What makes men tick when it comes to grocery shopping? And how do their routines differ from those of women? Using a Harris Interactive survey of more than 1,000 UK adults, we compare male and female habits at every stage of the shopper journey – from deciding which store to visit to choosing how to pay – to find out their preferences.


When, where and why

Many dads across the nation will be buying the ingredients for their own Father’s Day dinner this weekend. Because although men are less likely than women to be the primary shopper in the household, with a third sharing the task with someone else, 61% say they have main responsibility for getting in the groceries (see chart below). 

As our recent report on Britain’s favourite supermarkets revealed, Tesco is the preferred retailer for men in the UK (25%). But as the majority of men visit two retailers a week (47%), they might also be found at their next-favourite stores, Sainsbury’s (15%) and Asda (12%).

Men are far more likely to do their shopping in a store (88%) rather than ordering online (47%), our research found. (So are women: 88% visit a store to do their shopping and 45% order groceries online.) Both genders prefer to do their big shop in the morning (45%). 

When it comes to choosing where to shop, both genders are most likely to be put off by stores that are more expensive than their rivals (42%).

However, men are more likely to be bothered by the distance of the store from their house (38%) than women (35%). And women are much more likely to care about whether it was difficult to park nearby (28%) than men (22%). They are also more likely to be put off by a limited range of products (36%) than men (31%). 


Preparing for the shop

When preparing to head to the supermarket, most shoppers will ensure they have their own bags (81%). However, we see more of a split in habits when it comes to shopping lists (see chart below). While 70% of women will sometimes diverge from their list by adding extra items, men are more likely to stick to what they have planned. That said, more men (25%) than women (20%) won’t bring a list at all.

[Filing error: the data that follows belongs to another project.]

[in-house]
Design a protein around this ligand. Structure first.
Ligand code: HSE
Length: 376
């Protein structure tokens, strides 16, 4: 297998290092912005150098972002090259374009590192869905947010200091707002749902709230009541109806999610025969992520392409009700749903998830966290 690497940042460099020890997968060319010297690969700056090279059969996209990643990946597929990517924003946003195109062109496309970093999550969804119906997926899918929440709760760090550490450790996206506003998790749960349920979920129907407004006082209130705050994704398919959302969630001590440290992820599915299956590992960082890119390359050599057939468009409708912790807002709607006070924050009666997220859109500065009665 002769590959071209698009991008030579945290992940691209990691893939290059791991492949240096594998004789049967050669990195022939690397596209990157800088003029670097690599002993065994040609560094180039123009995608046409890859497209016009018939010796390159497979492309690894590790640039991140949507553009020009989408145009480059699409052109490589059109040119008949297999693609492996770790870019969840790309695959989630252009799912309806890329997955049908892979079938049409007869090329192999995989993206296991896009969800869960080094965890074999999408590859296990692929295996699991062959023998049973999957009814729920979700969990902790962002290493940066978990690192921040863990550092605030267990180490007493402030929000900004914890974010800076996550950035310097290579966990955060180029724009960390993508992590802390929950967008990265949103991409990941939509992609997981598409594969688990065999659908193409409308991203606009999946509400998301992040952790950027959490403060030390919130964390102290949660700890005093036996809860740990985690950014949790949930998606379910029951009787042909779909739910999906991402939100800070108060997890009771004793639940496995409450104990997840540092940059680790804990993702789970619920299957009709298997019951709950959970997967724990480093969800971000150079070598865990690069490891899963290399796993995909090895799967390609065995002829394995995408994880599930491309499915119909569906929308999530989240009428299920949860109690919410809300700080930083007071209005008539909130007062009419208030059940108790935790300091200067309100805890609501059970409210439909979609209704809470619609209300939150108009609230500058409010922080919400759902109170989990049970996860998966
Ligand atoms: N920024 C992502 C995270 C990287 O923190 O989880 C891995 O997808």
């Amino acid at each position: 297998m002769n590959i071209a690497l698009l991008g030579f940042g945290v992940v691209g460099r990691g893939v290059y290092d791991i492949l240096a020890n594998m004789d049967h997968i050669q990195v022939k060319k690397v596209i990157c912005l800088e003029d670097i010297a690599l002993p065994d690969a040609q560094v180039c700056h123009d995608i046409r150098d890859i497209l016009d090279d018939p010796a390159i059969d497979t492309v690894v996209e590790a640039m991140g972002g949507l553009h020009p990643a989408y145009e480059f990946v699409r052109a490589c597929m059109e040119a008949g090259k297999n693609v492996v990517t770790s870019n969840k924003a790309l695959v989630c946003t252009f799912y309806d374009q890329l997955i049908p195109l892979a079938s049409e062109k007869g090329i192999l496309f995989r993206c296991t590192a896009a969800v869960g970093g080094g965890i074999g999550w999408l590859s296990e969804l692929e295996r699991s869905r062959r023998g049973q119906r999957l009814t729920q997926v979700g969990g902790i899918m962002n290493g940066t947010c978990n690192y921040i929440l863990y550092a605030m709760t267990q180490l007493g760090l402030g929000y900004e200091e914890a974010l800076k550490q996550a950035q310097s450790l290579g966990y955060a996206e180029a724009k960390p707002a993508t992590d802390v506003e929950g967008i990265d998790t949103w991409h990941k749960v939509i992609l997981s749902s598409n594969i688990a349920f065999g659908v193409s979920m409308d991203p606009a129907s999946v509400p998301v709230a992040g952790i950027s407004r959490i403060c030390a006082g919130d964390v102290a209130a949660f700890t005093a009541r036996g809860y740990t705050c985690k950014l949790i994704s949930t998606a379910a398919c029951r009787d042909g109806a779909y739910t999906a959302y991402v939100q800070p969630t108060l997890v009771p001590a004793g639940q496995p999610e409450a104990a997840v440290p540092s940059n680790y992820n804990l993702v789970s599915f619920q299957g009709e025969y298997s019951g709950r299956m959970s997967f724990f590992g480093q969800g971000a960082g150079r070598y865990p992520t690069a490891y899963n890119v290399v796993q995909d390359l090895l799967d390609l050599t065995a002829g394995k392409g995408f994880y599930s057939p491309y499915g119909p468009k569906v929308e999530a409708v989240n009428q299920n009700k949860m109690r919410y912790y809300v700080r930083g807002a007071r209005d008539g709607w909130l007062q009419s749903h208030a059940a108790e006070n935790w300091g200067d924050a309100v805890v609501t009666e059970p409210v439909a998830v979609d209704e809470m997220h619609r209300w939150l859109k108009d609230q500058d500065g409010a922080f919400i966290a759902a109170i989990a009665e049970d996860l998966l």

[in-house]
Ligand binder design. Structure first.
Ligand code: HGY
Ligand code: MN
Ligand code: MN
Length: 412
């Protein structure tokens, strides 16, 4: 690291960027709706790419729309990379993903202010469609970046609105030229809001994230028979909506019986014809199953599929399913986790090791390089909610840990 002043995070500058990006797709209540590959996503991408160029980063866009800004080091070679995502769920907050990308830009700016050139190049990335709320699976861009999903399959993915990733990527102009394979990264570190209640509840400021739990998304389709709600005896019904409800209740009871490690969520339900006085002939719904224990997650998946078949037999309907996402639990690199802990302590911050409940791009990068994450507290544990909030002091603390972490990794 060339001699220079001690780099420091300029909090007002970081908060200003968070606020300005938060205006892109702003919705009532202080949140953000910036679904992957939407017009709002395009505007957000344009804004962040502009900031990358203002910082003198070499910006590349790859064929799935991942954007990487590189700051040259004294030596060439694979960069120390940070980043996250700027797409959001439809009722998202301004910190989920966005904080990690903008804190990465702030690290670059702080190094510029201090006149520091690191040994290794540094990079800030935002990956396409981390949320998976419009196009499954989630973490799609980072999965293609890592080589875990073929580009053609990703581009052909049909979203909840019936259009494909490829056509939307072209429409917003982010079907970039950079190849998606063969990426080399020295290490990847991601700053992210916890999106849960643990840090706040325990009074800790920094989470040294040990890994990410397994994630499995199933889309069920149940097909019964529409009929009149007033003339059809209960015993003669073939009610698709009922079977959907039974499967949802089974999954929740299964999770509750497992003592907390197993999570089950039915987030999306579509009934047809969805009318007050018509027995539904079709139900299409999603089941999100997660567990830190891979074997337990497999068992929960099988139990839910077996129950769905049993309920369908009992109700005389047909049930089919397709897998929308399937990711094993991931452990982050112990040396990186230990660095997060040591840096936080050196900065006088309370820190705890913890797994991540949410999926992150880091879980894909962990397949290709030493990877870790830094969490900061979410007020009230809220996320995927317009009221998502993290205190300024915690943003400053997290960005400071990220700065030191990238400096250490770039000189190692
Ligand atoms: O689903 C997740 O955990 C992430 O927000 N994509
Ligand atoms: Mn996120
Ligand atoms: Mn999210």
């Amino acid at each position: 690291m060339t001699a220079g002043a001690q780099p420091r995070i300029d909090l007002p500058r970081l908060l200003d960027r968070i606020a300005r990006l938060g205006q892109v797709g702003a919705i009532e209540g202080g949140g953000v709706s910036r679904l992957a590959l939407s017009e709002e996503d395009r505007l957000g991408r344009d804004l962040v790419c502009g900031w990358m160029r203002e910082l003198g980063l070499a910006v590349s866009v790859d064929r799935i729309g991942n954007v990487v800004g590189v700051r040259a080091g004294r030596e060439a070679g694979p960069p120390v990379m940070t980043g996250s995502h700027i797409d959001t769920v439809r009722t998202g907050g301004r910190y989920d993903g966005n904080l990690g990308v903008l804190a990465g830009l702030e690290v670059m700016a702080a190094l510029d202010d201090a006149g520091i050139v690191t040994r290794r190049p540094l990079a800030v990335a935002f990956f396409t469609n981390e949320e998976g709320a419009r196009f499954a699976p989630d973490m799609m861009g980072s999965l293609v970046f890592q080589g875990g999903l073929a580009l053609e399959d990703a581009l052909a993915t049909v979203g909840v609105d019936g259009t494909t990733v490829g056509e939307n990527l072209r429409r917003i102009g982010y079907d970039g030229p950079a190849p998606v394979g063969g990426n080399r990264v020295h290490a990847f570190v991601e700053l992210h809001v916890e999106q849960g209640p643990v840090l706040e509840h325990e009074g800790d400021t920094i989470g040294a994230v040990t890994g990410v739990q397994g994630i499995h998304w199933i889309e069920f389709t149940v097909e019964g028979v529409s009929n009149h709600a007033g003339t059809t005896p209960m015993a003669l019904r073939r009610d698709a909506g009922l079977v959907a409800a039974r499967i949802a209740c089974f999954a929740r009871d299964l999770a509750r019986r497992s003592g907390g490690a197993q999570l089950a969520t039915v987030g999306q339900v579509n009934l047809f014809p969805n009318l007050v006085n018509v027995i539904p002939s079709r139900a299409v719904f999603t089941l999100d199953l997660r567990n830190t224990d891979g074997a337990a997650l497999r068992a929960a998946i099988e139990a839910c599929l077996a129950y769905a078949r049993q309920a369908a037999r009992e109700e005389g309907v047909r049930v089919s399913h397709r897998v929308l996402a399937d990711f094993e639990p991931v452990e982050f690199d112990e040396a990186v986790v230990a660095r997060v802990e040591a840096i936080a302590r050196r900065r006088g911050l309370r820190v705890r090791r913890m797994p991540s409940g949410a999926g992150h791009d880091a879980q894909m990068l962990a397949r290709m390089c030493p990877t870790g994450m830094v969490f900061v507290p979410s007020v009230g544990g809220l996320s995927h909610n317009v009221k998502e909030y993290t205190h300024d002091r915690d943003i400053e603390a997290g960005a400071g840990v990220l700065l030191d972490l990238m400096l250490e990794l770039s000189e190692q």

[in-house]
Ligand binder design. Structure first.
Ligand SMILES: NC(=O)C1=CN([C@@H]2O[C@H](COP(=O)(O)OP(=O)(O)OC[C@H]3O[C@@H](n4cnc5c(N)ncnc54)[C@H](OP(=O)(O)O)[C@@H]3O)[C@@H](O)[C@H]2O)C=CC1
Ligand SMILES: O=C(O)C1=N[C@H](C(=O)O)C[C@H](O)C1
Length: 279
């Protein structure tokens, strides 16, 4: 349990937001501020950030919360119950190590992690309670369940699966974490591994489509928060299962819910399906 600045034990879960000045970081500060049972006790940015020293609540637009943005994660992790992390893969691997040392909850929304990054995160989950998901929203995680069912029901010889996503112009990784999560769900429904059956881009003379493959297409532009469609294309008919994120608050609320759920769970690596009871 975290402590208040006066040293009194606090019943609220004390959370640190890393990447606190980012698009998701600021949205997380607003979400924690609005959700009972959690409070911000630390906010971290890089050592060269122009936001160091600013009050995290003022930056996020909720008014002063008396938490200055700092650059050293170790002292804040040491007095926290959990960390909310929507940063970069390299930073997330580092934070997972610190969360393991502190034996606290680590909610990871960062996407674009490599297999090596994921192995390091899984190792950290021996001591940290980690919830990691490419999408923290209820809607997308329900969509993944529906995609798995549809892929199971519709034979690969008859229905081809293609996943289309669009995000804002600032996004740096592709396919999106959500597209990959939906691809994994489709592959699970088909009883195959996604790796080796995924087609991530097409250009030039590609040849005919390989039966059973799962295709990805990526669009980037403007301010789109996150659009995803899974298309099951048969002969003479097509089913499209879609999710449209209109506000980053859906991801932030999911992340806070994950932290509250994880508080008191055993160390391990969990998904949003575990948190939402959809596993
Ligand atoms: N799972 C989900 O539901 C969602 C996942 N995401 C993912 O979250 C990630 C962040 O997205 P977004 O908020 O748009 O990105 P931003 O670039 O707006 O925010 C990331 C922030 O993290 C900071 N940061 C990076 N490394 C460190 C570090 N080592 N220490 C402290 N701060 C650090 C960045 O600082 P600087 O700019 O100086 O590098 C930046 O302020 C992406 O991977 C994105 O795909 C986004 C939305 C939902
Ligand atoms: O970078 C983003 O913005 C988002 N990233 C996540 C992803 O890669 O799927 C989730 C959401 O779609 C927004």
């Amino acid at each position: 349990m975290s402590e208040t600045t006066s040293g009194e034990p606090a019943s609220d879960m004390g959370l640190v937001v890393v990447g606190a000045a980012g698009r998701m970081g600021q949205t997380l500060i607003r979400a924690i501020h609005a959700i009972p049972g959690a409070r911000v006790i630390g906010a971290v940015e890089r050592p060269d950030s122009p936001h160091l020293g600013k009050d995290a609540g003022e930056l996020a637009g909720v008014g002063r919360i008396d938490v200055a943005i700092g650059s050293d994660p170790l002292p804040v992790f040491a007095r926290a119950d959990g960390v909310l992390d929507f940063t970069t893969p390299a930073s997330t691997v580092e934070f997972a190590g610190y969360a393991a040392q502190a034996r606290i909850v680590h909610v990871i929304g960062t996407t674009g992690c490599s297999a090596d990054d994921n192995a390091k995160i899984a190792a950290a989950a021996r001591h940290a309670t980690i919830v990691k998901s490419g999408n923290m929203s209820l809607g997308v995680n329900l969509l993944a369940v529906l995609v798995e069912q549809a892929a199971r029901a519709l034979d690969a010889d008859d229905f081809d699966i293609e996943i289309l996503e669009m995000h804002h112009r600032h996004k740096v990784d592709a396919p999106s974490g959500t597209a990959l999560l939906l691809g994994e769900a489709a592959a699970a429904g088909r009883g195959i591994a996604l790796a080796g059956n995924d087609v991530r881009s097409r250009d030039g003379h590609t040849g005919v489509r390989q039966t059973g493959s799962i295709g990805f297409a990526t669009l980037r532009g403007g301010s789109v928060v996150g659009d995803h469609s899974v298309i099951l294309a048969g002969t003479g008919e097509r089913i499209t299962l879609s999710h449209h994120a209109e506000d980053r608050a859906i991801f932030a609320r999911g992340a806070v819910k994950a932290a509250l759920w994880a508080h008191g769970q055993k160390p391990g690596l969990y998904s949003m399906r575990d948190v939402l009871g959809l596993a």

In-store behaviour

As well as sticking strictly to their shopping lists, it appears men are also set in their ways when it comes to buying brands (see table below). More men than women say they will stick to the brands they know and like, regardless of price, and while 60% of men will buy a product just because it’s on promotion, women are more likely to do so (67%). Males are also more likely to hunt down a particular brand or product they want, while more women will save time by plumping for an available alternative. 

What’s more, despite the clichés surrounding men asking for directions, they have no qualms with asking staff for assistance when they can’t locate an item in store. Ninety per cent of men say they will ask for help sometimes or always, only marginally less than women (93%).

There are similarities in the length of time male and female shoppers spend in store, with 30 minutes to an hour the most popular duration of shop for both genders. However, men are likely to get their shopping done more quickly, with 41% saying they take 15 to 30 minutes, compared with 35% of women.

When it comes to paying, manned checkouts are the most popular choice for both men (42%) and women (39%), while 31% of shoppers opt for a self checkout most often. However, women (30%) are more likely than men (27%) to just join whichever till has the shortest queue.